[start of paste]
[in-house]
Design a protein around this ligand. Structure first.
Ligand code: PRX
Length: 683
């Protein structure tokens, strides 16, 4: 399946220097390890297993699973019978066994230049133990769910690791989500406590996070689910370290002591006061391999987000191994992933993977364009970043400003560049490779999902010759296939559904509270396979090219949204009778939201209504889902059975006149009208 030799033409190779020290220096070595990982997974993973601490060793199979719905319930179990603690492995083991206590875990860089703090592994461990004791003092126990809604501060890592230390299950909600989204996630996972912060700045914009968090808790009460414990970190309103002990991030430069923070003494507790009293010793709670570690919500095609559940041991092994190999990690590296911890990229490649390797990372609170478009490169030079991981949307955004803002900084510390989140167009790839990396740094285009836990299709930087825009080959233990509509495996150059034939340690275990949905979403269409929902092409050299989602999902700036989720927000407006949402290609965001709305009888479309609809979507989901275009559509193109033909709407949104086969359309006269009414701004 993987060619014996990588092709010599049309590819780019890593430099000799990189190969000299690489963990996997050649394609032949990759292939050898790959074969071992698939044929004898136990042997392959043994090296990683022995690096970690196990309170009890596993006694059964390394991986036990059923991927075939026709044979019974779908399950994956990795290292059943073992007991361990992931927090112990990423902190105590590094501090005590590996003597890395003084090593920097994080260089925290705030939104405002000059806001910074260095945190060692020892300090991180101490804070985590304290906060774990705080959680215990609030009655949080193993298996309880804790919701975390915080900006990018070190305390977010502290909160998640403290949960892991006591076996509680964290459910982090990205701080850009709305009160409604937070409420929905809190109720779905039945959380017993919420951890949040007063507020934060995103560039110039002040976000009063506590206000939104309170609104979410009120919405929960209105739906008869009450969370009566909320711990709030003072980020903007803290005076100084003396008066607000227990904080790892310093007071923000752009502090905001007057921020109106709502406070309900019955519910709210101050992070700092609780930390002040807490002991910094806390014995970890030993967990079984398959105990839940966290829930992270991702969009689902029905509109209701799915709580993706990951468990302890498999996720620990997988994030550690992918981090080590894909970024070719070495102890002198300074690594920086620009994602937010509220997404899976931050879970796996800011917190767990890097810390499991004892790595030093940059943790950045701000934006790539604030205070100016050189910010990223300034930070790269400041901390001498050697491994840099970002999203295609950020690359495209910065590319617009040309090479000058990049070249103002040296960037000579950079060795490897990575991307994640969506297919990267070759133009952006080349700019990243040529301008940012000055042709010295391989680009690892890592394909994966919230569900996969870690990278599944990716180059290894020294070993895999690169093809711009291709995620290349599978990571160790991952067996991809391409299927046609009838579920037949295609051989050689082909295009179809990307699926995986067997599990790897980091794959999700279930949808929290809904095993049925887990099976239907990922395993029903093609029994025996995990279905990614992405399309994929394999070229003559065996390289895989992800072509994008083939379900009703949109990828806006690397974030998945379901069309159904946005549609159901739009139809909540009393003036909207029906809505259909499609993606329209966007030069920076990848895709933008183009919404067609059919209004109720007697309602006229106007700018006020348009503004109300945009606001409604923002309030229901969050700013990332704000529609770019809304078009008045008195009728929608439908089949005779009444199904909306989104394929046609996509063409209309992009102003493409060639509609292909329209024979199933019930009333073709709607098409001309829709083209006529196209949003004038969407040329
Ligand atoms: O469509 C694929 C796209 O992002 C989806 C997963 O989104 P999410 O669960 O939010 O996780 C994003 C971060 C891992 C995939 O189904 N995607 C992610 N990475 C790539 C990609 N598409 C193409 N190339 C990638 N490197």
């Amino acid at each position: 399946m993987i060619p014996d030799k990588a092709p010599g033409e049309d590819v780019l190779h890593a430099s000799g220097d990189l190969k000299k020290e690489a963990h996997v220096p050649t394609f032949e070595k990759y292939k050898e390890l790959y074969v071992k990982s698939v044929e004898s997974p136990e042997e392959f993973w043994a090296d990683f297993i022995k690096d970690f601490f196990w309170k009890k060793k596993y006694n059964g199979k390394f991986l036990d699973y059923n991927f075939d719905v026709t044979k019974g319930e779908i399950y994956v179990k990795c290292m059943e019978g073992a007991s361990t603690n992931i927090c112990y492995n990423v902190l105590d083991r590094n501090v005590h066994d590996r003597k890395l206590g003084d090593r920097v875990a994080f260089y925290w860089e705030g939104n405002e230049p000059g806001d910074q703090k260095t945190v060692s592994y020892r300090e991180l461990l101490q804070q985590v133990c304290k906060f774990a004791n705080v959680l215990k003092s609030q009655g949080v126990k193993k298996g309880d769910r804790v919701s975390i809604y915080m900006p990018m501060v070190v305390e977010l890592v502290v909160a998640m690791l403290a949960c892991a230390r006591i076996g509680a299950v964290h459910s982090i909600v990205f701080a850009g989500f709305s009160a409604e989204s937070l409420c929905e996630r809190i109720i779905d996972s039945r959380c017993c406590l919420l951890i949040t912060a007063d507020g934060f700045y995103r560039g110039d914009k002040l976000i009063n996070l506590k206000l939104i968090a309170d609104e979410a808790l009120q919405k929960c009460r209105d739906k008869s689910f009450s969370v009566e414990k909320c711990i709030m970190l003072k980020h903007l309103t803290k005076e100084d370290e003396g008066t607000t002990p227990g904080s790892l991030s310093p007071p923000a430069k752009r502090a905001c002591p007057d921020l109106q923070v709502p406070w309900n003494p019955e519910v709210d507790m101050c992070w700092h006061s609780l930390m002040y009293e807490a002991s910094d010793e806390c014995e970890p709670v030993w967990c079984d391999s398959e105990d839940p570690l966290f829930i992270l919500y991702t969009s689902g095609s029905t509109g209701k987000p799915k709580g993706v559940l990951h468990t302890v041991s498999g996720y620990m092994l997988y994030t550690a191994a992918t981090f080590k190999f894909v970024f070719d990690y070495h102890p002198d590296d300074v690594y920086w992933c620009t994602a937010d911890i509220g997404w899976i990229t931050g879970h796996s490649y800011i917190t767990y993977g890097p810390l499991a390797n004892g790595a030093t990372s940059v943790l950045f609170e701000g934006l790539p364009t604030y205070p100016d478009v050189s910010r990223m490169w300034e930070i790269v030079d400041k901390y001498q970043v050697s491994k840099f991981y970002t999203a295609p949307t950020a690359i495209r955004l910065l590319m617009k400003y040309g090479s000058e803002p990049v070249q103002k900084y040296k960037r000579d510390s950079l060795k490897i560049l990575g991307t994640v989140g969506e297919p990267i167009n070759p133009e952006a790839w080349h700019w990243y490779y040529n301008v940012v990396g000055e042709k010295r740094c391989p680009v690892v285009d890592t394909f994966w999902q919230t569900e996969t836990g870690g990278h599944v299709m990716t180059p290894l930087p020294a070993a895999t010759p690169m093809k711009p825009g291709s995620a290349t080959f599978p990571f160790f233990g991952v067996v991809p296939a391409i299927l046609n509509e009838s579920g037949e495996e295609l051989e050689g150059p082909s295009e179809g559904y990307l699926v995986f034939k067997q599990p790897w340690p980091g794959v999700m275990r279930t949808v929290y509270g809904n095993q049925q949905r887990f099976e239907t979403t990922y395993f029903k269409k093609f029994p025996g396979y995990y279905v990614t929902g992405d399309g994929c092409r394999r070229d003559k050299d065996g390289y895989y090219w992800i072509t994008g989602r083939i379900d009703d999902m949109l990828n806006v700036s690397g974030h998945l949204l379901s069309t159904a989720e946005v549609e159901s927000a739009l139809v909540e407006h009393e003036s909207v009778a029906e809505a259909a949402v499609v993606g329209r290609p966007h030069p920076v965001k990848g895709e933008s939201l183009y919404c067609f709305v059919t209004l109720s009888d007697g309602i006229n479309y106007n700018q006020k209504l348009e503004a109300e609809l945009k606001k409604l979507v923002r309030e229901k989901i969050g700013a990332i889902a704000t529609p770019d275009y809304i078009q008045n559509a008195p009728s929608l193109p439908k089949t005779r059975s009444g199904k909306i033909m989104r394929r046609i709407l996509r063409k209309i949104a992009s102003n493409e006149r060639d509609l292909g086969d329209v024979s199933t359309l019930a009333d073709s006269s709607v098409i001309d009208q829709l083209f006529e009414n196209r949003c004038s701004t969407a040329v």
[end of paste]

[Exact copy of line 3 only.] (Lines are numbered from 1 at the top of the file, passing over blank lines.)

Ligand code: PRX